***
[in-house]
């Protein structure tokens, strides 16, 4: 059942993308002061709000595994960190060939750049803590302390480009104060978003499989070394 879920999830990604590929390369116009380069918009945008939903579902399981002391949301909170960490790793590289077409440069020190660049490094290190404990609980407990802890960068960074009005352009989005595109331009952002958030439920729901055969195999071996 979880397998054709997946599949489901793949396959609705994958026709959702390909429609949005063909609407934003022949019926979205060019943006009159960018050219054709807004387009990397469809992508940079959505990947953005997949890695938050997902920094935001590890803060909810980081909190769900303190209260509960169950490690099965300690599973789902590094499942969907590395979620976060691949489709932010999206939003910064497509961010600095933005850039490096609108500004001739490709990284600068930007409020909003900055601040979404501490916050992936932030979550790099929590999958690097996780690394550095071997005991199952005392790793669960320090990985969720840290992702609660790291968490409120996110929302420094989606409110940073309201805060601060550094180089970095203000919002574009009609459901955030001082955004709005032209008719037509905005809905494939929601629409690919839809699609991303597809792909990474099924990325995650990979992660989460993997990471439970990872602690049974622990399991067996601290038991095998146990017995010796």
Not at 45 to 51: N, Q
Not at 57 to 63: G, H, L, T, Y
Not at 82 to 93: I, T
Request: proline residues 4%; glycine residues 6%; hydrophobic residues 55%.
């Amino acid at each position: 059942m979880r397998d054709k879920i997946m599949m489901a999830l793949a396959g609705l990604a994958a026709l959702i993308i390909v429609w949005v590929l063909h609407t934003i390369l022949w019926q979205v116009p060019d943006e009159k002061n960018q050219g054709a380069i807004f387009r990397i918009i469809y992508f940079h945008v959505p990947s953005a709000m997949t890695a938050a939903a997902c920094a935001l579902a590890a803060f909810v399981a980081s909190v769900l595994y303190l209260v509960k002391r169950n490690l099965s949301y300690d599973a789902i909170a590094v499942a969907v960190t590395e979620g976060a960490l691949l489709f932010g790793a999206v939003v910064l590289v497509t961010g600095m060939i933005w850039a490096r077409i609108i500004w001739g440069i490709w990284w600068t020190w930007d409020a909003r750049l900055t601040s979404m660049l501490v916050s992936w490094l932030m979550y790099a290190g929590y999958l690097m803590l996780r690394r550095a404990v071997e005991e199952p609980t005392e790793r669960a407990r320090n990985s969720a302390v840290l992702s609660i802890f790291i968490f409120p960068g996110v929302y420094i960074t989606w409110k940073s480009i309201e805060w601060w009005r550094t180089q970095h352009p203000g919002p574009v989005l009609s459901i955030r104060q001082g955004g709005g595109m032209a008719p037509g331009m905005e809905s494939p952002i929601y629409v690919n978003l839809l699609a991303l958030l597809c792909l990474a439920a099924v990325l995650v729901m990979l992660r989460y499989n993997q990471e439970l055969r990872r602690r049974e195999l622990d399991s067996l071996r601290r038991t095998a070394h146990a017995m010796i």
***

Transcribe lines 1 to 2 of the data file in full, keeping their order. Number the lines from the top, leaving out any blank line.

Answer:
[in-house]
């Protein structure tokens, strides 16, 4: 059942993308002061709000595994960190060939750049803590302390480009104060978003499989070394 879920999830990604590929390369116009380069918009945008939903579902399981002391949301909170960490790793590289077409440069020190660049490094290190404990609980407990802890960068960074009005352009989005595109331009952002958030439920729901055969195999071996 979880397998054709997946599949489901793949396959609705994958026709959702390909429609949005063909609407934003022949019926979205060019943006009159960018050219054709807004387009990397469809992508940079959505990947953005997949890695938050997902920094935001590890803060909810980081909190769900303190209260509960169950490690099965300690599973789902590094499942969907590395979620976060691949489709932010999206939003910064497509961010600095933005850039490096609108500004001739490709990284600068930007409020909003900055601040979404501490916050992936932030979550790099929590999958690097996780690394550095071997005991199952005392790793669960320090990985969720840290992702609660790291968490409120996110929302420094989606409110940073309201805060601060550094180089970095203000919002574009009609459901955030001082955004709005032209008719037509905005809905494939929601629409690919839809699609991303597809792909990474099924990325995650990979992660989460993997990471439970990872602690049974622990399991067996601290038991095998146990017995010796």